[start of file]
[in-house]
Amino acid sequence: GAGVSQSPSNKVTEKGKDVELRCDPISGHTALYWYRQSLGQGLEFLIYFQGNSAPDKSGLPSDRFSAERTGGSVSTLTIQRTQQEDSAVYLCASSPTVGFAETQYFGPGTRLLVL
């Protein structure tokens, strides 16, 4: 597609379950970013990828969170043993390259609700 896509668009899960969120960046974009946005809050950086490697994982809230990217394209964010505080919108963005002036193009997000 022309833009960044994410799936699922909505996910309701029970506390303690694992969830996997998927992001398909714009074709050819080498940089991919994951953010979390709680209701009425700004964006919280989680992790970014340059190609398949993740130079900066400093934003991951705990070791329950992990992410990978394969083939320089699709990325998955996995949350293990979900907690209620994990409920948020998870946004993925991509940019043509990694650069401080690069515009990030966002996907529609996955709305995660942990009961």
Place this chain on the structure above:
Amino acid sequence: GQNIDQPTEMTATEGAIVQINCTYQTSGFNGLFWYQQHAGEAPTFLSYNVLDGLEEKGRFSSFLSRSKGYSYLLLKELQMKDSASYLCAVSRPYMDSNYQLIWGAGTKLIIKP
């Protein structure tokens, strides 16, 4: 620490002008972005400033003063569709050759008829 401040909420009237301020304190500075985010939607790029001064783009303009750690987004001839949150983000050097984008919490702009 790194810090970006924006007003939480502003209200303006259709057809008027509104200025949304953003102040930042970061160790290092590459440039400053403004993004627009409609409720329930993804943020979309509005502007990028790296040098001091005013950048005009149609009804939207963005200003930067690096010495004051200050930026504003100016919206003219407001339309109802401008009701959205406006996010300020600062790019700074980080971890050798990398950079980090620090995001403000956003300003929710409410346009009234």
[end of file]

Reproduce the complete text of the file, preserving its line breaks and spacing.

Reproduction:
[in-house]
Amino acid sequence: GAGVSQSPSNKVTEKGKDVELRCDPISGHTALYWYRQSLGQGLEFLIYFQGNSAPDKSGLPSDRFSAERTGGSVSTLTIQRTQQEDSAVYLCASSPTVGFAETQYFGPGTRLLVL
């Protein structure tokens, strides 16, 4: 597609379950970013990828969170043993390259609700 896509668009899960969120960046974009946005809050950086490697994982809230990217394209964010505080919108963005002036193009997000 022309833009960044994410799936699922909505996910309701029970506390303690694992969830996997998927992001398909714009074709050819080498940089991919994951953010979390709680209701009425700004964006919280989680992790970014340059190609398949993740130079900066400093934003991951705990070791329950992990992410990978394969083939320089699709990325998955996995949350293990979900907690209620994990409920948020998870946004993925991509940019043509990694650069401080690069515009990030966002996907529609996955709305995660942990009961």
Place this chain on the structure above:
Amino acid sequence: GQNIDQPTEMTATEGAIVQINCTYQTSGFNGLFWYQQHAGEAPTFLSYNVLDGLEEKGRFSSFLSRSKGYSYLLLKELQMKDSASYLCAVSRPYMDSNYQLIWGAGTKLIIKP
């Protein structure tokens, strides 16, 4: 620490002008972005400033003063569709050759008829 401040909420009237301020304190500075985010939607790029001064783009303009750690987004001839949150983000050097984008919490702009 790194810090970006924006007003939480502003209200303006259709057809008027509104200025949304953003102040930042970061160790290092590459440039400053403004993004627009409609409720329930993804943020979309509005502007990028790296040098001091005013950048005009149609009804939207963005200003930067690096010495004051200050930026504003100016919206003219407001339309109802401008009701959205406006996010300020600062790019700074980080971890050798990398950079980090620090995001403000956003300003929710409410346009009234």